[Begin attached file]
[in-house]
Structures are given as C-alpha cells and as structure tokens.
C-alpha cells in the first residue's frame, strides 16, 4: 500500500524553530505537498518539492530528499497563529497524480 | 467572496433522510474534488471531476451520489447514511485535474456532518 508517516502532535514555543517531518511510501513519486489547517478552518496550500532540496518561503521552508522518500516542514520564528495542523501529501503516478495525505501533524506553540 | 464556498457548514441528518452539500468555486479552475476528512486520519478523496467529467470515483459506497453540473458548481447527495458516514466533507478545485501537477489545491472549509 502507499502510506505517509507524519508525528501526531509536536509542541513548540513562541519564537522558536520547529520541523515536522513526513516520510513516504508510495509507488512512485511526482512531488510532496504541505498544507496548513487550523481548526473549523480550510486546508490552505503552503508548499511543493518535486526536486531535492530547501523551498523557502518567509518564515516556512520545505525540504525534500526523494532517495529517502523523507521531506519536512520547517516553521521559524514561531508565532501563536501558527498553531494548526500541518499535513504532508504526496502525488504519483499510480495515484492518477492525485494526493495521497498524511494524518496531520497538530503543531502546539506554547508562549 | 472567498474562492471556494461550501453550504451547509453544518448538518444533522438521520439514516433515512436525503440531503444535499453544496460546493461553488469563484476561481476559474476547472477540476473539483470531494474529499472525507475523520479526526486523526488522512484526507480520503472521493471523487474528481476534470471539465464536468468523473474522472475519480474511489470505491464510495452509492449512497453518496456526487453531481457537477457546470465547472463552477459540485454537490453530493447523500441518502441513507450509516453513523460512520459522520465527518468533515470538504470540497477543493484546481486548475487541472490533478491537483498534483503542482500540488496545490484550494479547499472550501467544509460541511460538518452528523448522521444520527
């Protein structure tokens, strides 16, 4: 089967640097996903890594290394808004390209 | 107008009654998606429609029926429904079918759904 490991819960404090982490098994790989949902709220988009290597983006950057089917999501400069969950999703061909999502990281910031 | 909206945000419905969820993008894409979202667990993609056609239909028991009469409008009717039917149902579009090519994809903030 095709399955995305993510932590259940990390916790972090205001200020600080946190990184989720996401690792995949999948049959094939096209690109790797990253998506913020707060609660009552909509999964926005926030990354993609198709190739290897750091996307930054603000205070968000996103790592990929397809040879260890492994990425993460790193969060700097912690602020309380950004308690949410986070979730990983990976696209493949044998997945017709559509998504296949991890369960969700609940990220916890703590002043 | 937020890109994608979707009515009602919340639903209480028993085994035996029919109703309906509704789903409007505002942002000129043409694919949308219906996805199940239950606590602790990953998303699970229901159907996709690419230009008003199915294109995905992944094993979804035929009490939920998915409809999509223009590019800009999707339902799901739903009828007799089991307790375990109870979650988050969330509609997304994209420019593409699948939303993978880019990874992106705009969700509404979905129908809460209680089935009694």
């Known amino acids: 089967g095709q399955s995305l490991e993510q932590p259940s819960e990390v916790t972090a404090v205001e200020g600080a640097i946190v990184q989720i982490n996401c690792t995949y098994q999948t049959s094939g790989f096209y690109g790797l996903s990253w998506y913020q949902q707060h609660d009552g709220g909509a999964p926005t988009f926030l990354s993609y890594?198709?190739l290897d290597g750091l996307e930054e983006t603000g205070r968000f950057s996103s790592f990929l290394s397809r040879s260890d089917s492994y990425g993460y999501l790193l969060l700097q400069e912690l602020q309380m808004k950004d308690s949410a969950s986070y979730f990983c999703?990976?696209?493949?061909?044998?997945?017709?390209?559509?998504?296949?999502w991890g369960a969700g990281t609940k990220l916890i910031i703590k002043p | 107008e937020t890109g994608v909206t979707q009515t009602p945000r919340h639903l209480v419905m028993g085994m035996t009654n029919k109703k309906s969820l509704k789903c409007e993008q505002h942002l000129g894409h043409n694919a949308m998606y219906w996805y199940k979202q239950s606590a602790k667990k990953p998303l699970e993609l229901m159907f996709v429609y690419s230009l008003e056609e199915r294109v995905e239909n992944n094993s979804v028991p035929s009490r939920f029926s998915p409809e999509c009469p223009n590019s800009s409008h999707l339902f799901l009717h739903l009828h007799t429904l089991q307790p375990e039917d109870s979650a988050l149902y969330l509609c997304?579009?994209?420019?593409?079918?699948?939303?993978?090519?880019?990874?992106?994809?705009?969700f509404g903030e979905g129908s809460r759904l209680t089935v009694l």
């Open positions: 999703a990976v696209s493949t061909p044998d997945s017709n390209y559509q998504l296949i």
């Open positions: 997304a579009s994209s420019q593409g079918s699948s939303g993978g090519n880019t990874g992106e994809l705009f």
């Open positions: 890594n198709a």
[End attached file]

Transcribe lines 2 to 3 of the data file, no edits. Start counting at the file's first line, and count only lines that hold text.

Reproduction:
Structures are given as C-alpha cells and as structure tokens.
C-alpha cells in the first residue's frame, strides 16, 4: 500500500524553530505537498518539492530528499497563529497524480 | 467572496433522510474534488471531476451520489447514511485535474456532518 508517516502532535514555543517531518511510501513519486489547517478552518496550500532540496518561503521552508522518500516542514520564528495542523501529501503516478495525505501533524506553540 | 464556498457548514441528518452539500468555486479552475476528512486520519478523496467529467470515483459506497453540473458548481447527495458516514466533507478545485501537477489545491472549509 502507499502510506505517509507524519508525528501526531509536536509542541513548540513562541519564537522558536520547529520541523515536522513526513516520510513516504508510495509507488512512485511526482512531488510532496504541505498544507496548513487550523481548526473549523480550510486546508490552505503552503508548499511543493518535486526536486531535492530547501523551498523557502518567509518564515516556512520545505525540504525534500526523494532517495529517502523523507521531506519536512520547517516553521521559524514561531508565532501563536501558527498553531494548526500541518499535513504532508504526496502525488504519483499510480495515484492518477492525485494526493495521497498524511494524518496531520497538530503543531502546539506554547508562549 | 472567498474562492471556494461550501453550504451547509453544518448538518444533522438521520439514516433515512436525503440531503444535499453544496460546493461553488469563484476561481476559474476547472477540476473539483470531494474529499472525507475523520479526526486523526488522512484526507480520503472521493471523487474528481476534470471539465464536468468523473474522472475519480474511489470505491464510495452509492449512497453518496456526487453531481457537477457546470465547472463552477459540485454537490453530493447523500441518502441513507450509516453513523460512520459522520465527518468533515470538504470540497477543493484546481486548475487541472490533478491537483498534483503542482500540488496545490484550494479547499472550501467544509460541511460538518452528523448522521444520527